From the K.L.B. v. B.C. page:
"In the majority’s judgment written by McLachlin CJ, it was ruled that there is a duty of care owed, and that the government was directly negligent, however they found that there was no vicarious liability via the foster parents, no breach of non-delegable duty, and there was no breach of fiduciary duty. Although the court ruled that the government was directly negligent, it was held that the claim could not succeed as a result of being statute barred by the Limitation Act."

Dworkin would point out that rules (in this case vicarious liability rules) are not set in stone, and that they change over time. He would say that these rules are always being informed by the underlying principle, and that the principles will be changing as well, reflecting individual and group rights. Therefore, Dworkin's ruling of this case would probably be guided by the relevant underlying principles which have been identified by McLachlin CJ in Bazley v. Curry (seen above). Based on these principles, Dworkin would then articulate the rights of the groups and/or individuals in the case.

Dworkin would likely ask the same question that McLachlin CJ asks in Bazley at paragraph 57:
"The appropriate inquiry in a case such as this is whether the employee’s wrongful act was so closely connected to the employment relationship that the imposition of vicarious liability is justified in policy and principle. From the point of view of principle, a prime indicator is whether the employer, by carrying on its operations, created or materially enhanced the risk of the wrong that occurred, such that the policy considerations of fair recovery and deterrence are engaged. In answering this question, the court must have regard to how the employer’s enterprise increased opportunity to commit the wrong, and how it fostered power-dependency relationships that materially enhanced the risk of the harm."[2]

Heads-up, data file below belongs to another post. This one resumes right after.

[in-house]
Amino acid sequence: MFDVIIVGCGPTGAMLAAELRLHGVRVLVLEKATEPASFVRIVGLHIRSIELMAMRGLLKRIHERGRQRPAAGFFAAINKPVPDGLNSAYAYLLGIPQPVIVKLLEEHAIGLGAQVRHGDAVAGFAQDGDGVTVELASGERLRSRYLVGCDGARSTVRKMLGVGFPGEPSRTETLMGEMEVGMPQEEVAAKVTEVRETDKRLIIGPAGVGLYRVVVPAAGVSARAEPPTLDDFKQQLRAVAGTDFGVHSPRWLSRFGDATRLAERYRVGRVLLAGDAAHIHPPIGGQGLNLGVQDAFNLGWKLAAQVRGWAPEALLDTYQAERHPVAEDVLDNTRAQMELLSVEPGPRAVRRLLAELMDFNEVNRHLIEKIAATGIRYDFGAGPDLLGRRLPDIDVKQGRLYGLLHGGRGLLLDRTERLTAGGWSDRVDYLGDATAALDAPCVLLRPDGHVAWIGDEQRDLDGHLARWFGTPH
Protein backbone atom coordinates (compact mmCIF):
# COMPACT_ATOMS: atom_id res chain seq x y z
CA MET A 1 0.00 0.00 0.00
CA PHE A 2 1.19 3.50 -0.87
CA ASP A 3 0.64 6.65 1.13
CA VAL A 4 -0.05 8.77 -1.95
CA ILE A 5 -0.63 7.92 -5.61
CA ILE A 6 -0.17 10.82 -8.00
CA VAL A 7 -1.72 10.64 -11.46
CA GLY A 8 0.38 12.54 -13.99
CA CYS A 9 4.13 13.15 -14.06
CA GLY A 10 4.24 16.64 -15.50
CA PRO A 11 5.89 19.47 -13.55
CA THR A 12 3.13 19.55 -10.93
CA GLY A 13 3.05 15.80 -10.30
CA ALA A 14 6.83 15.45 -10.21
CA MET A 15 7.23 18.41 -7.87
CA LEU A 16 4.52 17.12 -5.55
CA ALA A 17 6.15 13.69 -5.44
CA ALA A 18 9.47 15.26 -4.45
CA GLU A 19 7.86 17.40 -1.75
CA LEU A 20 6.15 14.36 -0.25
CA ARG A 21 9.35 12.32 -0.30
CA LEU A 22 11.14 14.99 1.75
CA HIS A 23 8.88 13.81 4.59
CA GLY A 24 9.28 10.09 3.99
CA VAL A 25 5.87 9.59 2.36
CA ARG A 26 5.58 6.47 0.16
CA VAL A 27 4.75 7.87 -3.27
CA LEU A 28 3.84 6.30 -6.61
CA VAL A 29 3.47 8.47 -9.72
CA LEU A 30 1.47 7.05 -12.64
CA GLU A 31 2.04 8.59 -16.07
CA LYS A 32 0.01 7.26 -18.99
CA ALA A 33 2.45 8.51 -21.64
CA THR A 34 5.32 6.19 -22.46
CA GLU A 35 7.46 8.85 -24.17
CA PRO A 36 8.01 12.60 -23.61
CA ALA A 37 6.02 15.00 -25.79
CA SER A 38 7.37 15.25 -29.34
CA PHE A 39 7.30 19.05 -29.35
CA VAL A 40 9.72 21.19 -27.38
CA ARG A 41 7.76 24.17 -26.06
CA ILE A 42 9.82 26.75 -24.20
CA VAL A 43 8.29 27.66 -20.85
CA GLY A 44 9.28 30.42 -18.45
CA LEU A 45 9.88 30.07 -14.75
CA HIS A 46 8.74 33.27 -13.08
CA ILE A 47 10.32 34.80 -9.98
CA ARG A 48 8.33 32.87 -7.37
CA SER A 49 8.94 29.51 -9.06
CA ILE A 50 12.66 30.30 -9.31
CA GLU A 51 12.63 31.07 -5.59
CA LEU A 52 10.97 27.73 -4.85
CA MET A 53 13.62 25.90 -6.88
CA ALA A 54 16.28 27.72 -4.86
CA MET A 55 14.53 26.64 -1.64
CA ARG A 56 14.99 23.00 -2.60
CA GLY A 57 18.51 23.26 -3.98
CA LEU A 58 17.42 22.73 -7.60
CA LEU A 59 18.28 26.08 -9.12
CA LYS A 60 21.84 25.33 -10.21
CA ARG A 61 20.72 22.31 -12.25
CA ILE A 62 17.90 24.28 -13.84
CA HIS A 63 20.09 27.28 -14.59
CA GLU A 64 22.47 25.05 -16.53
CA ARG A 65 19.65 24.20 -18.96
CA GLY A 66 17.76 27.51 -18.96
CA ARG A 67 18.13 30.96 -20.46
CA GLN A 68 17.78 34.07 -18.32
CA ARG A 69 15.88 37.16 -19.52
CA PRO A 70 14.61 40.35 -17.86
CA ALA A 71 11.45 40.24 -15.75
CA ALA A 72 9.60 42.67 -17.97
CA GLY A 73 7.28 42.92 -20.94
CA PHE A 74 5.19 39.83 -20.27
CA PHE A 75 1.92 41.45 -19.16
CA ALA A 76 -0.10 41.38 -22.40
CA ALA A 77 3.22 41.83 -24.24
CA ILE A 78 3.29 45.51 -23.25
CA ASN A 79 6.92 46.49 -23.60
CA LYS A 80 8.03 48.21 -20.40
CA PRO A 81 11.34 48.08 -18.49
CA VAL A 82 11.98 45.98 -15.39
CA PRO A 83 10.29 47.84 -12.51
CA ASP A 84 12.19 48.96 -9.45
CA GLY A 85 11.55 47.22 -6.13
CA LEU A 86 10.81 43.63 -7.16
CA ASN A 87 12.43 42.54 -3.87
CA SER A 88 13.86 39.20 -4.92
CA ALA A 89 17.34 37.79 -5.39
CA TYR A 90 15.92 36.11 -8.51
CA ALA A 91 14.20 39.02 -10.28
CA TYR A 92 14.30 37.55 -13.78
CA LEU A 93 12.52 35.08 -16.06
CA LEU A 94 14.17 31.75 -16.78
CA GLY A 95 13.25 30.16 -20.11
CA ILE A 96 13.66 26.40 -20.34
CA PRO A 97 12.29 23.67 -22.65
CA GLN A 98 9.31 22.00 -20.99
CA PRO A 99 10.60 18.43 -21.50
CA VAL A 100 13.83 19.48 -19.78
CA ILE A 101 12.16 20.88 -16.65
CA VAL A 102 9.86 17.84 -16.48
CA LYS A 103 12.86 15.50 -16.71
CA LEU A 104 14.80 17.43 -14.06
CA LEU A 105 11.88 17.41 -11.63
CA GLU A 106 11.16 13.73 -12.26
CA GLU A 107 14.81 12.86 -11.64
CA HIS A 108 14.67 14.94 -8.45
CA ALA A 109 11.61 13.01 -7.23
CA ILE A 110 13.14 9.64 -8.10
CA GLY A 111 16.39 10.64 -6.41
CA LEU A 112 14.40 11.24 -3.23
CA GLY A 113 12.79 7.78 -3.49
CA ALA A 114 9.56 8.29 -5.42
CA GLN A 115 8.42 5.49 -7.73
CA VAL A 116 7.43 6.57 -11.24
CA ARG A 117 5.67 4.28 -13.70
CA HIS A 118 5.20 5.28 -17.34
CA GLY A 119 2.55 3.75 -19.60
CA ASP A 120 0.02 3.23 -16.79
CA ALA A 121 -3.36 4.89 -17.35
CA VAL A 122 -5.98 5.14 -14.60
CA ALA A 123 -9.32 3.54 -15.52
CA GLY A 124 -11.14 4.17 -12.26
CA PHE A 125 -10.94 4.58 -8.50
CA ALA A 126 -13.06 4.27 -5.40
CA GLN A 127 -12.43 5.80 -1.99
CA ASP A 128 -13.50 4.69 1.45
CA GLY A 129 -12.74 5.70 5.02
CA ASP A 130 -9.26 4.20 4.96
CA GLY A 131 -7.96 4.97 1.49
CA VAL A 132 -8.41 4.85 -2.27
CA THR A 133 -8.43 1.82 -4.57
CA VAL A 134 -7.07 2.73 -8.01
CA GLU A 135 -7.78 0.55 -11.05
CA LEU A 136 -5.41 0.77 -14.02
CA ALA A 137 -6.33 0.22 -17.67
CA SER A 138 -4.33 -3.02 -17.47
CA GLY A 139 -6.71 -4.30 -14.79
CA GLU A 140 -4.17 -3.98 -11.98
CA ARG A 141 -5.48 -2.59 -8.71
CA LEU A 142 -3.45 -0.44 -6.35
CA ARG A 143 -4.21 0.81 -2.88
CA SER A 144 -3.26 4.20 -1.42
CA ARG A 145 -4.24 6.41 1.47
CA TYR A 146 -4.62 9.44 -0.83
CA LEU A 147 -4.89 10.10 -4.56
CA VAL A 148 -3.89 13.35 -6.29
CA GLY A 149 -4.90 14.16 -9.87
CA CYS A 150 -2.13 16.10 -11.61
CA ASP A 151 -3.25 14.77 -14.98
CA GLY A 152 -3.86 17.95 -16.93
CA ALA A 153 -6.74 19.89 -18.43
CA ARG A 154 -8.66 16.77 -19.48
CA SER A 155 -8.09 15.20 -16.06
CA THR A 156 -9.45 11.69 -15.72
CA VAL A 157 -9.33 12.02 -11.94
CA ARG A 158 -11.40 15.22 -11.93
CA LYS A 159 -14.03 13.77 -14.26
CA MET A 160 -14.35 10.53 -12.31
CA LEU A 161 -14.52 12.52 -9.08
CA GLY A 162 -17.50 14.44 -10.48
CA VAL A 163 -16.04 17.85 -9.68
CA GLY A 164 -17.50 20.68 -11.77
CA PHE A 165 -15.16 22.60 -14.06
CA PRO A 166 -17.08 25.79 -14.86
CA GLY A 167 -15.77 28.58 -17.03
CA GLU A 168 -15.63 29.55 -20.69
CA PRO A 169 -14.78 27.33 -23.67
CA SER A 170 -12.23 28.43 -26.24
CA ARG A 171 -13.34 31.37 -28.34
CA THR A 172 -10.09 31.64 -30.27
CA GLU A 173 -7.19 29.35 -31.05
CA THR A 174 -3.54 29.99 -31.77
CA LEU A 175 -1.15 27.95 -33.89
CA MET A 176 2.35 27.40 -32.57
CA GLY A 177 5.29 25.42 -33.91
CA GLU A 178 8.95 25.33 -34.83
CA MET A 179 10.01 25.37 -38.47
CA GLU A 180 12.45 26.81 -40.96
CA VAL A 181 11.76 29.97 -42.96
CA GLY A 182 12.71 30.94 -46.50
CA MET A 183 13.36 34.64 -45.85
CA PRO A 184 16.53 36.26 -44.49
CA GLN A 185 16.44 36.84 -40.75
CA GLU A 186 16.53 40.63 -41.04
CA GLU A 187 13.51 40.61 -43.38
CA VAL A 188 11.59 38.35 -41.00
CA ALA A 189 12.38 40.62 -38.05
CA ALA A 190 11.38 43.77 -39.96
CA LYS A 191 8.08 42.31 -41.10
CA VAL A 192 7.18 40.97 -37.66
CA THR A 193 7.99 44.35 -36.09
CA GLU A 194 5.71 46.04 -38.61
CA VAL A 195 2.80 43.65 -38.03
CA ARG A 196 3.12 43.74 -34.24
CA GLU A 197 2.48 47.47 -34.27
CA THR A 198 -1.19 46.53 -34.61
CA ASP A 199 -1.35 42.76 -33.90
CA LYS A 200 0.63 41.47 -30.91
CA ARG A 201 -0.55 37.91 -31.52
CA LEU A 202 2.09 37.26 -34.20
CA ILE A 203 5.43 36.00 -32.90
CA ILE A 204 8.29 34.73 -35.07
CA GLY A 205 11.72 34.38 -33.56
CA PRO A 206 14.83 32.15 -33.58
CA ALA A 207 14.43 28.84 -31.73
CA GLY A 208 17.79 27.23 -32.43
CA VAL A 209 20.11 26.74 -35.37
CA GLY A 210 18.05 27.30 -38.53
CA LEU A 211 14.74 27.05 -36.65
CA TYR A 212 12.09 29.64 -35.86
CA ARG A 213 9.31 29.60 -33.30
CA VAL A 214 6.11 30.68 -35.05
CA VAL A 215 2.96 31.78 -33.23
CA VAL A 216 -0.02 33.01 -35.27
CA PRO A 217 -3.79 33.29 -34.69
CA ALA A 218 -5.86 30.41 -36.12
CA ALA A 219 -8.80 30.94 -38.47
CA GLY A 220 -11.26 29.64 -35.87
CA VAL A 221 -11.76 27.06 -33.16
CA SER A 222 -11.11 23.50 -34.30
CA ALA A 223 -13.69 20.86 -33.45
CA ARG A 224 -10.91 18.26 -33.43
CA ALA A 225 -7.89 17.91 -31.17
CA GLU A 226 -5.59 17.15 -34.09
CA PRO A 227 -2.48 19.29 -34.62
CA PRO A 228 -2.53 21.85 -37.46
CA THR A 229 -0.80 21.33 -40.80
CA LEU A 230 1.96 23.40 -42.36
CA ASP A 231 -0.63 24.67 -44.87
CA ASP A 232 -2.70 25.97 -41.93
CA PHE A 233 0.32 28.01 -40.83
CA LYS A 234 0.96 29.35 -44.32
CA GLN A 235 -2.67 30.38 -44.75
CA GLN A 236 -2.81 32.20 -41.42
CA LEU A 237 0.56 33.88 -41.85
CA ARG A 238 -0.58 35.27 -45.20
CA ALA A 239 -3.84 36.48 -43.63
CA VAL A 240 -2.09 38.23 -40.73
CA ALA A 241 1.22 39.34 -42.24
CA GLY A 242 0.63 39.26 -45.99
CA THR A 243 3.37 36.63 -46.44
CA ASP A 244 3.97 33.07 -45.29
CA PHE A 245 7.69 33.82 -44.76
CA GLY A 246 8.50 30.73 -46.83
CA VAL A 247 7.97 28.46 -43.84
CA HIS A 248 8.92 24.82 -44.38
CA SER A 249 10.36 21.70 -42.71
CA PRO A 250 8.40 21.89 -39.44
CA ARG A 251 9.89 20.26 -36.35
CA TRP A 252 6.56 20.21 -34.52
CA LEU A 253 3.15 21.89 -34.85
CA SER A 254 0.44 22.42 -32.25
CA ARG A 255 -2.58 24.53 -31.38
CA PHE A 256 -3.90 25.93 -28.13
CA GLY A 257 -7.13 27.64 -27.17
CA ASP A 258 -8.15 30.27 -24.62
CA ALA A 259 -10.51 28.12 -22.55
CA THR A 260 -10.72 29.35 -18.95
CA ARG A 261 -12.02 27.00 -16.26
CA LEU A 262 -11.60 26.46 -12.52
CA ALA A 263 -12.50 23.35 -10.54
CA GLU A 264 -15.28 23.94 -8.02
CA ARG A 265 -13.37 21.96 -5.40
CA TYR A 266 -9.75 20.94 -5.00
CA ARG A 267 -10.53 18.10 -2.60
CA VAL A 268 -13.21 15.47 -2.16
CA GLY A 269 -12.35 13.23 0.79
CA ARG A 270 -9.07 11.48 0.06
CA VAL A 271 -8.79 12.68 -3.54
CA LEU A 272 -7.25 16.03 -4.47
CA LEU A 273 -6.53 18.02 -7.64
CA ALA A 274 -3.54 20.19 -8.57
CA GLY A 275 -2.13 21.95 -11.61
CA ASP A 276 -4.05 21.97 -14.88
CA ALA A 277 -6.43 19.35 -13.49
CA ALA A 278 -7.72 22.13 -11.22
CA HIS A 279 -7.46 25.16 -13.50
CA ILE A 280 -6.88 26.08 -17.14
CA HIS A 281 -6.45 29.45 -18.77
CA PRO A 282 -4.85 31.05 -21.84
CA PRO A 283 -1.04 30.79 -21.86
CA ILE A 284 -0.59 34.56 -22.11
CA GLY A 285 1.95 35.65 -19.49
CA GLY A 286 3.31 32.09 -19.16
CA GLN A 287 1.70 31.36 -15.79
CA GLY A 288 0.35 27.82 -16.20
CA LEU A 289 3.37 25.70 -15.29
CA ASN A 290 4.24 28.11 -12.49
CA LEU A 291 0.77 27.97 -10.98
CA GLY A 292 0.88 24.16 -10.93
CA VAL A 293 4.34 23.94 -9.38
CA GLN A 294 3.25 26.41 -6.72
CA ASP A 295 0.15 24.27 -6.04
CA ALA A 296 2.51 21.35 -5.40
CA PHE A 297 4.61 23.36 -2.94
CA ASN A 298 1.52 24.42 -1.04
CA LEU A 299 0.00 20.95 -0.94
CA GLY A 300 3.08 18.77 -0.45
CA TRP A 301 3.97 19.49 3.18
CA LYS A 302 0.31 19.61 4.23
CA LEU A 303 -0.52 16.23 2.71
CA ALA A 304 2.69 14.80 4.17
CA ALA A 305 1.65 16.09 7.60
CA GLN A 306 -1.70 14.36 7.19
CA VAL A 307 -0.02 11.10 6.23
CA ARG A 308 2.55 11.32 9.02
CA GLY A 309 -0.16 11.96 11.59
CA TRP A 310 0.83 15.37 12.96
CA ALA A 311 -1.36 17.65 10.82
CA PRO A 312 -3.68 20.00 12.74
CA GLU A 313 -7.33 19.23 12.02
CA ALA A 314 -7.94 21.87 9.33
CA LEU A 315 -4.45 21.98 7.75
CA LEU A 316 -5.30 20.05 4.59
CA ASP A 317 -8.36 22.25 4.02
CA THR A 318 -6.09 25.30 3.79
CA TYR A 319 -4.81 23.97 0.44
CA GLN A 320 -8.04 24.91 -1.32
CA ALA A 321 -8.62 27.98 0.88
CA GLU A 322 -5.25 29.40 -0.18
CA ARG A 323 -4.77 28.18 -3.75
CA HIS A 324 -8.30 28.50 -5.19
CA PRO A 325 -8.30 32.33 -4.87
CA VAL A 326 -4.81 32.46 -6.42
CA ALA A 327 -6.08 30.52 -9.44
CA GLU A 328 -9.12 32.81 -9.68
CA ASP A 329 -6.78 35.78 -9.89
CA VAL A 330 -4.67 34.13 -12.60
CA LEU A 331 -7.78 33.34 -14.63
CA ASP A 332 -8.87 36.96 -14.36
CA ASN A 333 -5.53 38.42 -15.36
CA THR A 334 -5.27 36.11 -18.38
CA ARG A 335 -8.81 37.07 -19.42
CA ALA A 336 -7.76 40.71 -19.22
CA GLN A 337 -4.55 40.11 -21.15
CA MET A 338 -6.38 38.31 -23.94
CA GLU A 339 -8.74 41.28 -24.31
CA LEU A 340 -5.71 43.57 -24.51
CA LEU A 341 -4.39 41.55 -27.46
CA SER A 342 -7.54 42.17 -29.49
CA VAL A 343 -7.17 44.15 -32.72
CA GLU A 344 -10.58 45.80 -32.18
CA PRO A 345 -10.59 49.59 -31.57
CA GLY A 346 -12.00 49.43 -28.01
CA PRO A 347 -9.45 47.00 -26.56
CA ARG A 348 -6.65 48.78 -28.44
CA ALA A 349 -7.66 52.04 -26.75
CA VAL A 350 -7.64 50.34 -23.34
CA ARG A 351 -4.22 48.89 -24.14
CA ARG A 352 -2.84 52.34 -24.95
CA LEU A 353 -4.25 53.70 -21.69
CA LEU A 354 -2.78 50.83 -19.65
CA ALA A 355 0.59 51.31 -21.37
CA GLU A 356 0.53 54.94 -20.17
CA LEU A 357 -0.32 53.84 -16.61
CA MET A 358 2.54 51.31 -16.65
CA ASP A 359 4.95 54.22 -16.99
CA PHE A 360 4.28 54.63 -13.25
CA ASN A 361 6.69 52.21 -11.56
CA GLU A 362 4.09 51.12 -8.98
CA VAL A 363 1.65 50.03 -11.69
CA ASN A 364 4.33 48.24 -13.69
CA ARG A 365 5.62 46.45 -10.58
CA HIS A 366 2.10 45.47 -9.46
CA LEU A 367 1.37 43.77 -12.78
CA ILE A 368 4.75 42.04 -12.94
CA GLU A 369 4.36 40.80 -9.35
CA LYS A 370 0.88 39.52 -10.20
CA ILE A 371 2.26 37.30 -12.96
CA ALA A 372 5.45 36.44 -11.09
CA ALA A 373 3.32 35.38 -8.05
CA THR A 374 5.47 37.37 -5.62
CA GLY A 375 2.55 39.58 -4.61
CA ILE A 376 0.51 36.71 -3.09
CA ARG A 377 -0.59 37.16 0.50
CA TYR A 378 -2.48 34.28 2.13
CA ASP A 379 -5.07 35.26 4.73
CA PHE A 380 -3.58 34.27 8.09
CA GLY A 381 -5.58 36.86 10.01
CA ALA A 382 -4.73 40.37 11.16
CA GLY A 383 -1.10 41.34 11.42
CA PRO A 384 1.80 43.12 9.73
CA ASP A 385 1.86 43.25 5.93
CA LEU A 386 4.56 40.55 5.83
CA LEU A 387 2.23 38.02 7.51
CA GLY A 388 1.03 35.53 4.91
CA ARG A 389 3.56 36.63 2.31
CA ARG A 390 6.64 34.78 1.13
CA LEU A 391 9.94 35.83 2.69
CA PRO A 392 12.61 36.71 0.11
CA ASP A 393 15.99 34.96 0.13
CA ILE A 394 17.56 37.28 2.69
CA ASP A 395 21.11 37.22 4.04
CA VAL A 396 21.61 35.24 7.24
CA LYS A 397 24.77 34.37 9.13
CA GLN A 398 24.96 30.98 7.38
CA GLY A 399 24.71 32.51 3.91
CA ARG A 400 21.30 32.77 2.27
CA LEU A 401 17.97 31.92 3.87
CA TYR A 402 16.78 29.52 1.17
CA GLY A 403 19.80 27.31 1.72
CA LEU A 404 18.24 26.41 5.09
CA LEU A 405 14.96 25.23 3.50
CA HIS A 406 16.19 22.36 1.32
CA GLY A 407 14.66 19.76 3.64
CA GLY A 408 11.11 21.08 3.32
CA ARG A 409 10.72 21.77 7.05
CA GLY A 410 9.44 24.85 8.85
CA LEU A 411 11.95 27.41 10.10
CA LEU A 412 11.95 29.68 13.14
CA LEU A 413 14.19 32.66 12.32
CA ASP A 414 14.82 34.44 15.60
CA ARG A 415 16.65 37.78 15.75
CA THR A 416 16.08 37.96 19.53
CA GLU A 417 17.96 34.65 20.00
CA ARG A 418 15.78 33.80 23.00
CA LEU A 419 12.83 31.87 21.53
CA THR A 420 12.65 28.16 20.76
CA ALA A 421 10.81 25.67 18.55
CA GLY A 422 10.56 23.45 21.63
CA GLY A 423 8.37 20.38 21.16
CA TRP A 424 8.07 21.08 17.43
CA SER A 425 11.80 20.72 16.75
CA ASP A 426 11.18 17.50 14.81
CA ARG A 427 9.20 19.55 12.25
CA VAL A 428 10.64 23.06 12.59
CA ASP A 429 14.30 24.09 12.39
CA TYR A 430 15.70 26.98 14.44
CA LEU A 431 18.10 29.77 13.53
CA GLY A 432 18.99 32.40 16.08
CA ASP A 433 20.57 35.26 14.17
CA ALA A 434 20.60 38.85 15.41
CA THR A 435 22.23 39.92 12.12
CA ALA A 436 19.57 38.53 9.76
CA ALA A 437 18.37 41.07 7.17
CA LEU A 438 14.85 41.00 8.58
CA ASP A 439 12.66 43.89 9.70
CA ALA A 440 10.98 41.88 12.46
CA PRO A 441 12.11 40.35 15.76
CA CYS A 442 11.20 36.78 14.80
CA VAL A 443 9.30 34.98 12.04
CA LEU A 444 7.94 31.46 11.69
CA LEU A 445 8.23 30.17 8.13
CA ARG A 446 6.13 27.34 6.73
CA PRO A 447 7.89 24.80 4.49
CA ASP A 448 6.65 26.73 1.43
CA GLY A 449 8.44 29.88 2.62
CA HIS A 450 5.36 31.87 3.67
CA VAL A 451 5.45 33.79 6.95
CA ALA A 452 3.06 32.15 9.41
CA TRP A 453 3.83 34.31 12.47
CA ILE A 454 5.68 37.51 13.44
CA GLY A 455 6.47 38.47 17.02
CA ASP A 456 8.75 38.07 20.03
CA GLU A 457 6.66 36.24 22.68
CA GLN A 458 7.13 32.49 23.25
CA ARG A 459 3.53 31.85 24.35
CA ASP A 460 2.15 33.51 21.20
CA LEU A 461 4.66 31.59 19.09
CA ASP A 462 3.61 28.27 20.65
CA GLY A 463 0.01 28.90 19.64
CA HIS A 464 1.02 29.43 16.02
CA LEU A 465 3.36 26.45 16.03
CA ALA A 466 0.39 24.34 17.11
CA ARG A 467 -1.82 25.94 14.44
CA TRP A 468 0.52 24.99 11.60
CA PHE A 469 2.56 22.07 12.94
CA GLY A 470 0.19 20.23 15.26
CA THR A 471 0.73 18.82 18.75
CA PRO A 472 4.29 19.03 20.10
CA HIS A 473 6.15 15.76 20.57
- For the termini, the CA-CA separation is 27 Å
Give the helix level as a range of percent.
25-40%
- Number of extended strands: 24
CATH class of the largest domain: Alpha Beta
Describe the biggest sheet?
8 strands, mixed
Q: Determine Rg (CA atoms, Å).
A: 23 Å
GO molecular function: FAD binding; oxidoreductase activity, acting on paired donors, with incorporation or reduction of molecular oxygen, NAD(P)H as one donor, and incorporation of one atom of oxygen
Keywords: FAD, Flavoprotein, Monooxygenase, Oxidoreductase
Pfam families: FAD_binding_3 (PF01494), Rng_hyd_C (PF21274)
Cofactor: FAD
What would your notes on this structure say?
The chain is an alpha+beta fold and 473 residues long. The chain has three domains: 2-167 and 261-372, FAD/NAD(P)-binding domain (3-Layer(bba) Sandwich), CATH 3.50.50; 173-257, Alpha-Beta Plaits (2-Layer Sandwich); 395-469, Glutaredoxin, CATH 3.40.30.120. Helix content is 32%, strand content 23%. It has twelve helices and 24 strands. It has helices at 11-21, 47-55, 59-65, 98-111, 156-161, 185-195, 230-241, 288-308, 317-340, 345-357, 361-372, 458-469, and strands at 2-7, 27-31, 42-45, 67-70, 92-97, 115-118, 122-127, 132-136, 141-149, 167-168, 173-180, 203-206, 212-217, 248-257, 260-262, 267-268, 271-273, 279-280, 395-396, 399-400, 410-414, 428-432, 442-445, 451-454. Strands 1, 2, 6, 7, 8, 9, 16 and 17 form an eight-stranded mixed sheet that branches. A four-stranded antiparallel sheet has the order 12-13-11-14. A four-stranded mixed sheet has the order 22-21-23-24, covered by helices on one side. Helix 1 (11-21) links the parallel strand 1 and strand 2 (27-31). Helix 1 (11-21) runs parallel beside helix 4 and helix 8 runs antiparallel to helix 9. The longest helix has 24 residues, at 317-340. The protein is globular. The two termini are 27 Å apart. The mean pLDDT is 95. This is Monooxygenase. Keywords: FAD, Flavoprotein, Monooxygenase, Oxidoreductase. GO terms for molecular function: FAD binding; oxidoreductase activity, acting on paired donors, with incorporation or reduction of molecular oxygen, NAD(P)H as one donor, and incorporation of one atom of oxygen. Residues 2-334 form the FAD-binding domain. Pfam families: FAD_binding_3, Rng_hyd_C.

In answering this question Dworkin would likely find that with respect to the vicarious liability issue, the rule does not align with the underlying principle. He would therefore likely agree with McLachlin and rule that there is no vicarious liability in the present case, however the direct negligence of the government cannot be denied.